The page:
The Officer Down Memorial Page at www.odmp.org is an interesting website devoted to a worthwhile purpose: commemorating law officers who have lost their lives in the line of duty. Like a lot of stuff that gets put on the Internet, however, some of the information on the website is inaccurate.

The Officer Down Memorial Page at www.odmp.org is an interesting website devoted to a worthwhile purpose: commemorating law officers who have lost their lives in the line of duty. Like a lot of stuff that gets put on the Internet, however, some of the information on the website is inaccurate.
Take the example of Sheriff Bertie Brixey of Webster County, Missouri. The Officer Down Memorial Page says Brixey was killed by his best friend in November of 1914 and that the killer was later lynched by a mob in Marshfield. Brixey was indeed killed in November of 1914, but the more sensational details are not true.
Here’s the real story.
A man hired a buggy and team at Marshfield on Saturday, November 21, 1914, and drove to Niangua, where both buggy and team disappeared after he hitched them to a rail. Returning to Marshfield, he reported the incident to Sheriff Brixey, and the lawman set out the next morning for Niangua to try to determine who had taken the rig.
The sheriff suspected Edgar Bartlett of having knowledge pertaining to the buggy and team, and he aggressively questioned the young man, even striking him about the face. Despite the rough treatment, Bartlett said he knew nothing about the disappearance of the rig. Brixey called Bartlett a liar but let him go.
Bartlett went to a judge’s home to try to get a warrant for Brixey’s arrest, but the judge wasn’t home. Accosting Bartlett again in the judge’s backyard, Brixey accused Bartlett of having a concealed weapon and demanded he hand it over. Bartlett denied having a gun. When the sheriff made a move toward Bartlett, the young man bolted through the judge’s house and ran to his own house nearby with Brixey in pursuit.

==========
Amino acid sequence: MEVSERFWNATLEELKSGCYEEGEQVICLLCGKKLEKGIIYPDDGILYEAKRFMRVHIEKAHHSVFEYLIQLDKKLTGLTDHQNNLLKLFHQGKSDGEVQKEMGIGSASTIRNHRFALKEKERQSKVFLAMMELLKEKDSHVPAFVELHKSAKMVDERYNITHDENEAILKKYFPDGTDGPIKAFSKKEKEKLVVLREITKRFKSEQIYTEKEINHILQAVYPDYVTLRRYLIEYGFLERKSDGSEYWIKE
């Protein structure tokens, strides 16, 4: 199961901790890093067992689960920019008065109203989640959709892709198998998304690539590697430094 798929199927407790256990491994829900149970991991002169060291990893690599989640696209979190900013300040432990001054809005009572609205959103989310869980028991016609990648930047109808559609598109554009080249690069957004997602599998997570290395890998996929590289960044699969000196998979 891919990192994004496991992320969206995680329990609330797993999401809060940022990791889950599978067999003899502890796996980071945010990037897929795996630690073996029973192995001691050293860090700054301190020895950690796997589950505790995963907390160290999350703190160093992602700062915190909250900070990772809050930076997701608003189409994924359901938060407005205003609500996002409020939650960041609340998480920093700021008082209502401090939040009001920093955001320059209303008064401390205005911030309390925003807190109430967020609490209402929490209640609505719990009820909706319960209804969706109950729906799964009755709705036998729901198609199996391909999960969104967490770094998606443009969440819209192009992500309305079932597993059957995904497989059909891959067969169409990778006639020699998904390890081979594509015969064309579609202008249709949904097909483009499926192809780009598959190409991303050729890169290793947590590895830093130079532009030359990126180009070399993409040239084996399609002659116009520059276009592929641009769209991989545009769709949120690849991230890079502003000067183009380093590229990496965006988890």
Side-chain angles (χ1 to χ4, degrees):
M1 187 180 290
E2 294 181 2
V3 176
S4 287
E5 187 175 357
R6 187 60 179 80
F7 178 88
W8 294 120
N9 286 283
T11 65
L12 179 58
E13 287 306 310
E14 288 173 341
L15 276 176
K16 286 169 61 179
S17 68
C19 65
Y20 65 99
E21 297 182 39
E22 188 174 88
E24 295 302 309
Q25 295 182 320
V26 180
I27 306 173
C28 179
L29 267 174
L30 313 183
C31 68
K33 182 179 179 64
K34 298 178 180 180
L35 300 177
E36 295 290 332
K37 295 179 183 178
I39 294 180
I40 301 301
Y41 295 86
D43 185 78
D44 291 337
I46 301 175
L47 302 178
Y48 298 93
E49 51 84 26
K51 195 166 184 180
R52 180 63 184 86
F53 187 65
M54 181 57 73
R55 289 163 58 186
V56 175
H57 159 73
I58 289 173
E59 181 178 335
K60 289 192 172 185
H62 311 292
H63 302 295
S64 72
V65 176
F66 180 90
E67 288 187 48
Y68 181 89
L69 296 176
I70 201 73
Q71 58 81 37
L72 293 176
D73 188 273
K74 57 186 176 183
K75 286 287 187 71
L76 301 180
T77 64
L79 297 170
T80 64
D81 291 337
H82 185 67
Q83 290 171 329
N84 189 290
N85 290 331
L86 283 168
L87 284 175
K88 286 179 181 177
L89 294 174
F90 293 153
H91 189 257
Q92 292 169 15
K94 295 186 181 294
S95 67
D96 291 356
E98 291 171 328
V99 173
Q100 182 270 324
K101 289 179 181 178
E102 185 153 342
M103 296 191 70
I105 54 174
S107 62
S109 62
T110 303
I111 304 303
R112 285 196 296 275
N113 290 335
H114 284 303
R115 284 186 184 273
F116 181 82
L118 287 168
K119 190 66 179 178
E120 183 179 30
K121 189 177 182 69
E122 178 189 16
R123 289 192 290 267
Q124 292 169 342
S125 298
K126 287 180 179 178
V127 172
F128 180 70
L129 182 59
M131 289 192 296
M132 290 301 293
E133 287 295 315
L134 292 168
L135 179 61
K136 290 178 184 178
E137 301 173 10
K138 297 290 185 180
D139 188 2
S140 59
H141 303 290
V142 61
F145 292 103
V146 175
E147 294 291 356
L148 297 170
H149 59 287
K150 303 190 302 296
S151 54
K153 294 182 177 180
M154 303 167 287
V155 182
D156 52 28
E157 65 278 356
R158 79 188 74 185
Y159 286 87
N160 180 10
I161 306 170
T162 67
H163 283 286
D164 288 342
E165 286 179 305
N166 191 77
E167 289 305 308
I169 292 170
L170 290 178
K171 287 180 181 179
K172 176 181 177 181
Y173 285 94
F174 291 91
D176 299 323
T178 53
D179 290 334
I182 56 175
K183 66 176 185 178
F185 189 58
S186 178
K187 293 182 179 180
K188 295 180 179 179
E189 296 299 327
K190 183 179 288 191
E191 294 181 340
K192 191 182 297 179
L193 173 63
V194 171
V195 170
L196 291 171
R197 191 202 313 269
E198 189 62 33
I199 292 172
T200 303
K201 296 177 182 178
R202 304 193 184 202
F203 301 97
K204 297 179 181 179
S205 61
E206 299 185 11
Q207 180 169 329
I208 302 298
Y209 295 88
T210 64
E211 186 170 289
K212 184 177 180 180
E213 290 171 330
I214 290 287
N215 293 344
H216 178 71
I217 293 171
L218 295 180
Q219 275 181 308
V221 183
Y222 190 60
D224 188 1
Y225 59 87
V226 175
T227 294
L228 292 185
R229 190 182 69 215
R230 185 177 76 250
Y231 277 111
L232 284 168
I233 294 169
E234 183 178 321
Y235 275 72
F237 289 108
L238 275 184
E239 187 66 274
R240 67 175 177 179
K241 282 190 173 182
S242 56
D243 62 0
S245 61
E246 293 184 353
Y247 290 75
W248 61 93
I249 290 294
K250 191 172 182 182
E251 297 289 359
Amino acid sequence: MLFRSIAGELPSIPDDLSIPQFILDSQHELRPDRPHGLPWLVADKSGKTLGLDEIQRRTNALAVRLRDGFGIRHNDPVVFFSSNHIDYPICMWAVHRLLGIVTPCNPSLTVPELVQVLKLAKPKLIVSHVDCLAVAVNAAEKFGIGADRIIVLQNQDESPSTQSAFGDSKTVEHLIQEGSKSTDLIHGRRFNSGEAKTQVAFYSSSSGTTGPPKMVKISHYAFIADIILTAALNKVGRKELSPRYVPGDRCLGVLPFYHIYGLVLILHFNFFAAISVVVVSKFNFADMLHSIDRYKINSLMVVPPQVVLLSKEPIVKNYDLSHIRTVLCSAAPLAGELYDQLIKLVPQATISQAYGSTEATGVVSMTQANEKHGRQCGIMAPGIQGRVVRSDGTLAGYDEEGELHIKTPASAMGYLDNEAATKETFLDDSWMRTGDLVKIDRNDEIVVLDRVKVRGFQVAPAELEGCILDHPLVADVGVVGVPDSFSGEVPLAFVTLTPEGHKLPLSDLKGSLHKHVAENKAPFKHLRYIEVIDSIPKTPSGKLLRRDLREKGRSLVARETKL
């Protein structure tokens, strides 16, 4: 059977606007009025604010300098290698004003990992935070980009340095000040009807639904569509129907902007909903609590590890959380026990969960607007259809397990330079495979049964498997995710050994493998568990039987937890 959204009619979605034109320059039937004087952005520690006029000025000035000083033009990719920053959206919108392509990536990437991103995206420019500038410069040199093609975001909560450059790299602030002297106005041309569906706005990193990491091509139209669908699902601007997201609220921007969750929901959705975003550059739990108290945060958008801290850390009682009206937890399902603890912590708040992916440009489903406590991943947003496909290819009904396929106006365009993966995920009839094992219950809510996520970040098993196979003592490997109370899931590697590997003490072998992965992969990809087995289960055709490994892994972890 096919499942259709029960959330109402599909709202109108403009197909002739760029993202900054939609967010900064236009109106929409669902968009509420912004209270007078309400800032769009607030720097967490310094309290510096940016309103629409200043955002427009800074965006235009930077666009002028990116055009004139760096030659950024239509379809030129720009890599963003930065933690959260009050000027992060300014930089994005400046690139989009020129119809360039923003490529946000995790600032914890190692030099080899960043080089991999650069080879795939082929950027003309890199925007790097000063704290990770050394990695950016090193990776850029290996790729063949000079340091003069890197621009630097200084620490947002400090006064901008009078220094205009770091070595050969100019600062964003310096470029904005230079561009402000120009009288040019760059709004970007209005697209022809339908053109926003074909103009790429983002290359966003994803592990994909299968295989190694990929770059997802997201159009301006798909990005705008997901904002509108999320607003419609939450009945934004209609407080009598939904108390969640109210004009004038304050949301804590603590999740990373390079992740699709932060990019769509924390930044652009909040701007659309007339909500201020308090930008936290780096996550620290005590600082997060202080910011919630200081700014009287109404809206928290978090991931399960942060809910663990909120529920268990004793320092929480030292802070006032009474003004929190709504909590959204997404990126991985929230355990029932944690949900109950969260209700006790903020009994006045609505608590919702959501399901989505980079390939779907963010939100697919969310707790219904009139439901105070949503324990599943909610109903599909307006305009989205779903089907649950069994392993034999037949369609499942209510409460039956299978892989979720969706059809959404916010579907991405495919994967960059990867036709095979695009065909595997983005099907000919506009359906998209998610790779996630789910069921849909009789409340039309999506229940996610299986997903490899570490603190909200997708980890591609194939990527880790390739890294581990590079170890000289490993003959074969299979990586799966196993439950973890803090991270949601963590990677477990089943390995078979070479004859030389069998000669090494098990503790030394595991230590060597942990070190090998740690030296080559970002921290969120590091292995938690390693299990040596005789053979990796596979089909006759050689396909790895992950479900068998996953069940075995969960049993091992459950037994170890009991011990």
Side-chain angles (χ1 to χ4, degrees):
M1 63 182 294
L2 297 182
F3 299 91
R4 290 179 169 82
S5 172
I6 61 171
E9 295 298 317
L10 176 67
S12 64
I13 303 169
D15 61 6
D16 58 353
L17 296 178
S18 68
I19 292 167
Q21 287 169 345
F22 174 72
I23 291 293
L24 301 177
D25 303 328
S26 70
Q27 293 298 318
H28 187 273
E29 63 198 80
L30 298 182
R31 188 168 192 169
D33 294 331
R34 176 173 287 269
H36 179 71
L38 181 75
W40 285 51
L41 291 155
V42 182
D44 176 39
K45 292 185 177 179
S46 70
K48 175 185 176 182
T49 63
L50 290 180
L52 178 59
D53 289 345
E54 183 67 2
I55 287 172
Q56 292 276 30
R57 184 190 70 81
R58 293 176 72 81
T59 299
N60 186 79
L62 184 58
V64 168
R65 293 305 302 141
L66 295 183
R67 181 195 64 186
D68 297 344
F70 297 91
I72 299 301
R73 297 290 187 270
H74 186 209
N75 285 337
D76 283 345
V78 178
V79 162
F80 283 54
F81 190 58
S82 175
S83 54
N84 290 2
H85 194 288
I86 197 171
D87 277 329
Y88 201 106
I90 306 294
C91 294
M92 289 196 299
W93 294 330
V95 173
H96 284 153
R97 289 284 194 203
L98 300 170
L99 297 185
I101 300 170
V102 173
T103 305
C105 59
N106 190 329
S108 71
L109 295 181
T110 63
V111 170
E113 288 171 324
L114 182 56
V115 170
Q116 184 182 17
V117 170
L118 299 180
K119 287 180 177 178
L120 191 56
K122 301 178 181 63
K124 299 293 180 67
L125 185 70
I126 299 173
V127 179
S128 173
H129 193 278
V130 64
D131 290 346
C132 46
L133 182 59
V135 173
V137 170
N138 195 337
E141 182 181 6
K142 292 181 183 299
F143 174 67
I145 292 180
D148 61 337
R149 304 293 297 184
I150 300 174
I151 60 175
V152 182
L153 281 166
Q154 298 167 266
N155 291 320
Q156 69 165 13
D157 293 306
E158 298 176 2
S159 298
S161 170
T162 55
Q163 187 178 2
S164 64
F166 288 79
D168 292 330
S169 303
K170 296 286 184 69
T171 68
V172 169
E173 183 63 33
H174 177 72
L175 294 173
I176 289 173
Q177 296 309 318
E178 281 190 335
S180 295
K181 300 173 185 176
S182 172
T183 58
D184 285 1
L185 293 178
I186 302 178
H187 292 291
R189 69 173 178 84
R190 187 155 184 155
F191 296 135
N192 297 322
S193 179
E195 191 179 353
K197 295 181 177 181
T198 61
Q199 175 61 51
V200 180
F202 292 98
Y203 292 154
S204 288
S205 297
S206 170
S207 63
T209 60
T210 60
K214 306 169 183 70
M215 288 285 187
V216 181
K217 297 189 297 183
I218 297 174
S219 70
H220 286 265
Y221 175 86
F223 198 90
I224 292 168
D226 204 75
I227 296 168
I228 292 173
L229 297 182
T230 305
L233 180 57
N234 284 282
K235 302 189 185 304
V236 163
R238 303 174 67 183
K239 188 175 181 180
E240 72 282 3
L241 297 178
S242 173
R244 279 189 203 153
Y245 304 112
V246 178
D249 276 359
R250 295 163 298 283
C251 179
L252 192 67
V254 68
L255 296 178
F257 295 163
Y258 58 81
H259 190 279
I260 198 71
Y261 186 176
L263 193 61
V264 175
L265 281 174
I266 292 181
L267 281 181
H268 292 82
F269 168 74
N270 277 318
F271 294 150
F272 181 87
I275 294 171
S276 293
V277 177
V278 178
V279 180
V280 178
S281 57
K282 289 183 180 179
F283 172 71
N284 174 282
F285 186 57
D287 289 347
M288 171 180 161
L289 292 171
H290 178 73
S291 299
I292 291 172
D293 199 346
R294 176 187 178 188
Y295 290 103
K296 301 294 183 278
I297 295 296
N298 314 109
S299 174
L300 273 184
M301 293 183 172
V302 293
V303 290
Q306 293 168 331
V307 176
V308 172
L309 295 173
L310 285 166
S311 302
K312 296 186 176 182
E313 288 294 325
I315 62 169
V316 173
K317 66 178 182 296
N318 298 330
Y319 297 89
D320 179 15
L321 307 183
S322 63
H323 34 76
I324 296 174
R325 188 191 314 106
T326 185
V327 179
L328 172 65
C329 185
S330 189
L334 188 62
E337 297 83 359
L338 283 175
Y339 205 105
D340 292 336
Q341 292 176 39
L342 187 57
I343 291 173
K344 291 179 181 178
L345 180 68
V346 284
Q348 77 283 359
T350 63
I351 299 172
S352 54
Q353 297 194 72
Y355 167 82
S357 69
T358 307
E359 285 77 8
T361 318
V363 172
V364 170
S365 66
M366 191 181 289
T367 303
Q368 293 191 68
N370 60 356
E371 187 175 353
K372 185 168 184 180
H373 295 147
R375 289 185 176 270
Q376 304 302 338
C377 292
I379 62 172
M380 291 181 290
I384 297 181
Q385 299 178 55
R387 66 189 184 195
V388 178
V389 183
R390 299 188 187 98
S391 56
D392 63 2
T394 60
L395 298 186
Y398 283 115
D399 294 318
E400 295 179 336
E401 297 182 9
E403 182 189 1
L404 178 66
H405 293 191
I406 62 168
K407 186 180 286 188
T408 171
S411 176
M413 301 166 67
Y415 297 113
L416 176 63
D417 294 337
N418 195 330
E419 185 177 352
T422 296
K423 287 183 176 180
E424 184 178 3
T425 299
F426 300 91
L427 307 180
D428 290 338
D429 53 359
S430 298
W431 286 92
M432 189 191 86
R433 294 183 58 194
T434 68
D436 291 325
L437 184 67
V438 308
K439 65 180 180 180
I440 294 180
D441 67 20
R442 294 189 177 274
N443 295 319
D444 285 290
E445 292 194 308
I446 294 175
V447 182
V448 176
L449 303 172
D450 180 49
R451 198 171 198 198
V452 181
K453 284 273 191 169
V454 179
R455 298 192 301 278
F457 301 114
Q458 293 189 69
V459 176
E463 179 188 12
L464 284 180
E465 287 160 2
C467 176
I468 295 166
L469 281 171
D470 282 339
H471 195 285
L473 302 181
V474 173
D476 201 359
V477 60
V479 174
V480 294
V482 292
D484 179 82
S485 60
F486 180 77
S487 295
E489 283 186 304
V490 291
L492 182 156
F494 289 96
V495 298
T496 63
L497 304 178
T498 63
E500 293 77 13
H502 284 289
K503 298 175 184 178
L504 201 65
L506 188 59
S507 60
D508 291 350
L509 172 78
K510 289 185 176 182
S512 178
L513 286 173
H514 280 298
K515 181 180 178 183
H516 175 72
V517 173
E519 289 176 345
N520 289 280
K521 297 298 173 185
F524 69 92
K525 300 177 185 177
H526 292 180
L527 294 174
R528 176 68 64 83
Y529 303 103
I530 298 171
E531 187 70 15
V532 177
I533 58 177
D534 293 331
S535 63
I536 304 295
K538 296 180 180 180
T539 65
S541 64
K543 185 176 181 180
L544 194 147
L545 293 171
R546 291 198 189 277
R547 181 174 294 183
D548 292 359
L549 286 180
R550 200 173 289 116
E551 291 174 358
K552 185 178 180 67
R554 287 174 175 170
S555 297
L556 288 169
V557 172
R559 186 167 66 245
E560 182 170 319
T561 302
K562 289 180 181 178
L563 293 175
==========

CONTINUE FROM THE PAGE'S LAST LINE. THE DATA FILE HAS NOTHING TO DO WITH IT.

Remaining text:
Inside his house, Bartlett armed himself with a shotgun and confronted the lawman as he approached the door with his revolver drawn. He ordered Brixey to halt, but the sheriff started to enter the home. Bartlett fired, and the sheriff fell dead.
    Later the same day, Bartlett was arrested by a deputy and taken by train back to Marshfield, where an angry crowd of Brixey’s friends had started to form. The train stopped at the depot, but fearing mob action, the deputy continued to Springfield and lodged his prisoner in the Greene County Jail for safekeeping.
    Bartlett was tried for murder in the Webster County in January of 1915. He pleaded not guilty by reason of self-defense. His lawyers sought to show that Brixey was the aggressor in his dealings with Bartlett and that he had been drinking on the day of his death. Several defense witnesses testified to these facts, and even state witnesses largely confirmed them upon cross-examination. In addition, one defense witness testified that Brixey had also tried to pick a fight with him on the same day he’d accosted Bartlett.
    The jury initially split eleven for acquittal and one for conviction before reaching a unanimous verdict in favor of acquittal.
    Not quite the sensational tale the Officer Down Memorial Page makes it out to be. The murder of a sheriff by his best friend and the subsequent lynching of the killer is a story I would like to have written. Alas, the truth doesn't make nearly as good a yarn.
                        *****
    Larry Wood is a freelance writer specializing in the history of Missouri and the Ozarks. You may contact him at larryewood@mail.com or like his author Facebook page at https://www.facebook.com/AuthorLarryWood/.